1. Memories. That first bright night stepping off the bus, walking excitedly in the tracks, deep snow lightly dusting our noses. Streetlamp beams burning with the whiteness falling falling. The low sky reflected..snow..look up, a heavy blanket. Catching flakes on our tongues - the ritual of first snows. Tossing clumps at passing winter worshipers. On the campus, echoing dully, yells of snow battles and conquering rites. I follow her because I have never been on this street before. We have shared many secrets on the bus, and she invited me to her room , to smoke some dope, she said.The dorm is a maze with wet footmarks. I am lost immediately. Her barren room her black light her little steel pipe. The heat is stuffy. Outside, diamonds sparkle. For hours we listen to Joni Mitchell and gaze at the snow, still falling. It falls all night. She has an amazing capacity for smoking dope. I keep taking the pipe because it seems to be the right thing to do. I'm so concerned with conventions, that night. Later I am so burnt out I give up waiting for her advance and go to lie down on the other bed, disappointed. She comes over to me gently and tells me I can't go to sleep.
2. In a ryokan, Japanese-style hotel. Awoke surprisingly early, I think, for I was up 22 hours. Mr. Satori found me paging him at the info desk. We rushed off to the bus, then the train, two hours to Hamamatsu. he is very pleasant and even while laying on an authority trip, managed to stay likeable. Tokyo was very dull-looking, at night. The buildings were no bigger than Rochester - didn't see any crowds. Hamamatsu looks very Asian - like Hong Kong movies - we drove (on the right!) to this hotel after eating in a typical restaurant. It was just a bar arrangement with a counter and five cooks behind a half wall, silently cooking and rushing around a tiny kitchen. We had tempura, but first there was cold octopus, then raw fish (good), then pickled veggies, then the delicate tempura. There was ebi (shrimp), fish, and veggies in batter. I didn't think I was hungry but it was great. Also there was bean soup, tea and a huge bowl of rice. Anyway, the streets weave all around and there are strange looking shops - open front - among the big department stores and the banks and motorcycle shops. drove past the English Center. Today we're going to look at houses. Tomorrow I'll meet my classes, be introduced, etc. On Wed & Thurs, I'll teach! I don't know if I should wait up here for him or go downstairs. The bed is luscious. Last night, I took a hot bath and then collapsed. I guess I'll wait up here because I'm not lugging all my stuff down three flights alone. Out my window is fascinating. So much to see!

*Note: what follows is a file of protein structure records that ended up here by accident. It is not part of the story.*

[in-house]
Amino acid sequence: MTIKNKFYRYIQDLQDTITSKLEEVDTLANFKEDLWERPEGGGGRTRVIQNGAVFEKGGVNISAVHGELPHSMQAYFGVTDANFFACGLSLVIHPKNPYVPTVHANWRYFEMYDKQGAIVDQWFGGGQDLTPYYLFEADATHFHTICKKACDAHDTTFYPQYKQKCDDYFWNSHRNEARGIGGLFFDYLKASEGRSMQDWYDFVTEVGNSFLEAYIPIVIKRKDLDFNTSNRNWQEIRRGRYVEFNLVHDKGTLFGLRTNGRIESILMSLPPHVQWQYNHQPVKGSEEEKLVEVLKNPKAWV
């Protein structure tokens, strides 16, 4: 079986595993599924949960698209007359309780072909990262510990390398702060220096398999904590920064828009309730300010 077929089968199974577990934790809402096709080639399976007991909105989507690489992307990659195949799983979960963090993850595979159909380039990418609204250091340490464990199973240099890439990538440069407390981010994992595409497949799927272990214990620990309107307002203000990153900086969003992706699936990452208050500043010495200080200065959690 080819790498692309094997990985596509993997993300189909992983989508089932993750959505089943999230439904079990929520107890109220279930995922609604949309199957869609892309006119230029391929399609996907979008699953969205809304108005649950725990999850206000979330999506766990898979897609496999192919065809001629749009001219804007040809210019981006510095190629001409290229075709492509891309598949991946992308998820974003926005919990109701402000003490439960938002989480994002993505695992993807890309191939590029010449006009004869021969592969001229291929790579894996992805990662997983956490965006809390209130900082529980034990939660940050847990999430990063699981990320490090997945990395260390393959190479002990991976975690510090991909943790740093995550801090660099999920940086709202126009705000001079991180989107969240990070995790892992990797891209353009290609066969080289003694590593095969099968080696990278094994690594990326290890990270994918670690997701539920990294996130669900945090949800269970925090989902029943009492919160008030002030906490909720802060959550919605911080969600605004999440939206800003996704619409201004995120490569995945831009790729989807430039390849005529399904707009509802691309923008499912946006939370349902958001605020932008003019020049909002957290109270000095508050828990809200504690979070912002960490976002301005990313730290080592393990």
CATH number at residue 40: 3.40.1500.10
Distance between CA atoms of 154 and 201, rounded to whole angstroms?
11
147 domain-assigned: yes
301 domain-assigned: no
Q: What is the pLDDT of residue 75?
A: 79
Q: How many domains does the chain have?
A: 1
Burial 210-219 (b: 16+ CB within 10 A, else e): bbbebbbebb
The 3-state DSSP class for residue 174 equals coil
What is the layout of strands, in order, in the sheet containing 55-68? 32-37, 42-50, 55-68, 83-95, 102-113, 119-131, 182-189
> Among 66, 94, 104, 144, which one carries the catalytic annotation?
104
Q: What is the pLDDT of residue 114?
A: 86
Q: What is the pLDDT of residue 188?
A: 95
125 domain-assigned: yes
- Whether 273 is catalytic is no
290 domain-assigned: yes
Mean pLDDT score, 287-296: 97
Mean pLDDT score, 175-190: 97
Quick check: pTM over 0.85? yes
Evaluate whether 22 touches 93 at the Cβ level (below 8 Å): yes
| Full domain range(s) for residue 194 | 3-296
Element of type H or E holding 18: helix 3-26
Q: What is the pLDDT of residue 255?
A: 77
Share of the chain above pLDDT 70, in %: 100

3. The file theory for language and life (conceived of during my senior year of college)
The basic concept of this theory begins with the image of the mind as a complex filing system, with the ability to mark and file bits of information for use. This brain/file is seen in action when we use language. The "marked features" of so many linguistic theories are the best way of imaging our mental file cards:
+weirdo (or a positive reaction)
Each feature has is own file as well. Someone offers me a hot dog. I say, "no thanks, I don't eat meat." There is a pause while the files shuffle.. (meat, meat, don't eat), "oh, you're a vegetarian?" The final feature (weirdo or whatever) determines the tone of voice the question is asked in.
If a concept, word , or memory of an event is not too well known, or rare, there are fewer cross references in the file. Perhaps you once heard of the place "Torremolinos" in a conversation about Spain. It would be only featured in your Spanish file. But if you had read Michener's book "The Drifters", with his detailed descriptions of the town, there would be many references in your file. Each story you tell is afterwards marked as to who you told it to, and when or where. Some of us are more meticulous in our file systems - others have no marker for story telling, and may repeat an event many times in your hearing.
The most personal and intimate part of a person is the way in which she orders her file system. the better you know someone, the more you learn about how the file works. Perhaps you have known someone well enough to feel you know what they were about to say, or how they would respond to anything. This is knowing what concepts and feelings (that are marked) are the most prevalent and what triggers file cards to be drawn. No one can ever know all of your file, and no one can know how it is arranged except you. If you want to learn your own system, you have to start with minute details like slips of the tongue and ways you mispronounce words. Or you might listen to your thoughts as you define each term you hear - and jot down the features that come to mind immediately.The better you know your own filing methods, the easier it is to store ideas and to recall them.
As to memory, the files are divided for convenience sake, into long and short term. When a card has not been used for some time (of course, the time and the choice depends on your own system), it is filed more obscurely. There may be a key word that will call it forward, but sometimes you never dredge it up. Or it may be attainable only through a complex set of cross-references.